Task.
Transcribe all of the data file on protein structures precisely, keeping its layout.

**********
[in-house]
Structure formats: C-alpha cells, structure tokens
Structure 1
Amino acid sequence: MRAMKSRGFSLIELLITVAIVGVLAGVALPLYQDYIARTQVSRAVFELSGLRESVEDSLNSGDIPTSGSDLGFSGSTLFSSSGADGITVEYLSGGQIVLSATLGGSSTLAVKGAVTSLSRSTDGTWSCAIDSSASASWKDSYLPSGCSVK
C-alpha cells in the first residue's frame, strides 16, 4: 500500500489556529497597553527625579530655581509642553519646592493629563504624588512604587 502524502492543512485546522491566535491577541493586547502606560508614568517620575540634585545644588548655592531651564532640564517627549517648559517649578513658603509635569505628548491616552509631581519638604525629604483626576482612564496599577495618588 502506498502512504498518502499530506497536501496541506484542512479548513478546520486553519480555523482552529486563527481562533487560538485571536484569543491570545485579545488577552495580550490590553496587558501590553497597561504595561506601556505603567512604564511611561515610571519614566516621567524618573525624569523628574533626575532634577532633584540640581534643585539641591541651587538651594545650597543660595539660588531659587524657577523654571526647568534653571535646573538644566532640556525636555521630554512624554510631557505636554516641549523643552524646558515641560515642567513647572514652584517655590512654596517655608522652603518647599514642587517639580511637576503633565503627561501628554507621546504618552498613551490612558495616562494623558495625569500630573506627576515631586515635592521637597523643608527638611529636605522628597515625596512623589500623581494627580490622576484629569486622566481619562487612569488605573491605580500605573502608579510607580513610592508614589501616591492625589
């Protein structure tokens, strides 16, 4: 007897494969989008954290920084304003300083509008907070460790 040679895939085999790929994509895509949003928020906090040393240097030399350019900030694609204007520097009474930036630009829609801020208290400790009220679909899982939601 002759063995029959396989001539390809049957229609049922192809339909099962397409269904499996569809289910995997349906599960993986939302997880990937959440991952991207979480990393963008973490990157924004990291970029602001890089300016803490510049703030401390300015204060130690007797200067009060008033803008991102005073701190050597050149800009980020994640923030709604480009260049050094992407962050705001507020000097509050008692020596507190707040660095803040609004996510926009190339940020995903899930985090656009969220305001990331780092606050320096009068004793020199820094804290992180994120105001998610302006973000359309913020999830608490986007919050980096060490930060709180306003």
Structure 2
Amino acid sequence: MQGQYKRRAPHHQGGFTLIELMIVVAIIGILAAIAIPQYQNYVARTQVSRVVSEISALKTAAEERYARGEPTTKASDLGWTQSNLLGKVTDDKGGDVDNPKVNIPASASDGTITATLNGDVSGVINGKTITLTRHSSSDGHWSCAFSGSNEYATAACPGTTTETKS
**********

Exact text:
[in-house]
Structure formats: C-alpha cells, structure tokens
Structure 1
Amino acid sequence: MRAMKSRGFSLIELLITVAIVGVLAGVALPLYQDYIARTQVSRAVFELSGLRESVEDSLNSGDIPTSGSDLGFSGSTLFSSSGADGITVEYLSGGQIVLSATLGGSSTLAVKGAVTSLSRSTDGTWSCAIDSSASASWKDSYLPSGCSVK
C-alpha cells in the first residue's frame, strides 16, 4: 500500500489556529497597553527625579530655581509642553519646592493629563504624588512604587 502524502492543512485546522491566535491577541493586547502606560508614568517620575540634585545644588548655592531651564532640564517627549517648559517649578513658603509635569505628548491616552509631581519638604525629604483626576482612564496599577495618588 502506498502512504498518502499530506497536501496541506484542512479548513478546520486553519480555523482552529486563527481562533487560538485571536484569543491570545485579545488577552495580550490590553496587558501590553497597561504595561506601556505603567512604564511611561515610571519614566516621567524618573525624569523628574533626575532634577532633584540640581534643585539641591541651587538651594545650597543660595539660588531659587524657577523654571526647568534653571535646573538644566532640556525636555521630554512624554510631557505636554516641549523643552524646558515641560515642567513647572514652584517655590512654596517655608522652603518647599514642587517639580511637576503633565503627561501628554507621546504618552498613551490612558495616562494623558495625569500630573506627576515631586515635592521637597523643608527638611529636605522628597515625596512623589500623581494627580490622576484629569486622566481619562487612569488605573491605580500605573502608579510607580513610592508614589501616591492625589
């Protein structure tokens, strides 16, 4: 007897494969989008954290920084304003300083509008907070460790 040679895939085999790929994509895509949003928020906090040393240097030399350019900030694609204007520097009474930036630009829609801020208290400790009220679909899982939601 002759063995029959396989001539390809049957229609049922192809339909099962397409269904499996569809289910995997349906599960993986939302997880990937959440991952991207979480990393963008973490990157924004990291970029602001890089300016803490510049703030401390300015204060130690007797200067009060008033803008991102005073701190050597050149800009980020994640923030709604480009260049050094992407962050705001507020000097509050008692020596507190707040660095803040609004996510926009190339940020995903899930985090656009969220305001990331780092606050320096009068004793020199820094804290992180994120105001998610302006973000359309913020999830608490986007919050980096060490930060709180306003």
Structure 2
Amino acid sequence: MQGQYKRRAPHHQGGFTLIELMIVVAIIGILAAIAIPQYQNYVARTQVSRVVSEISALKTAAEERYARGEPTTKASDLGWTQSNLLGKVTDDKGGDVDNPKVNIPASASDGTITATLNGDVSGVINGKTITLTRHSSSDGHWSCAFSGSNEYATAACPGTTTETKS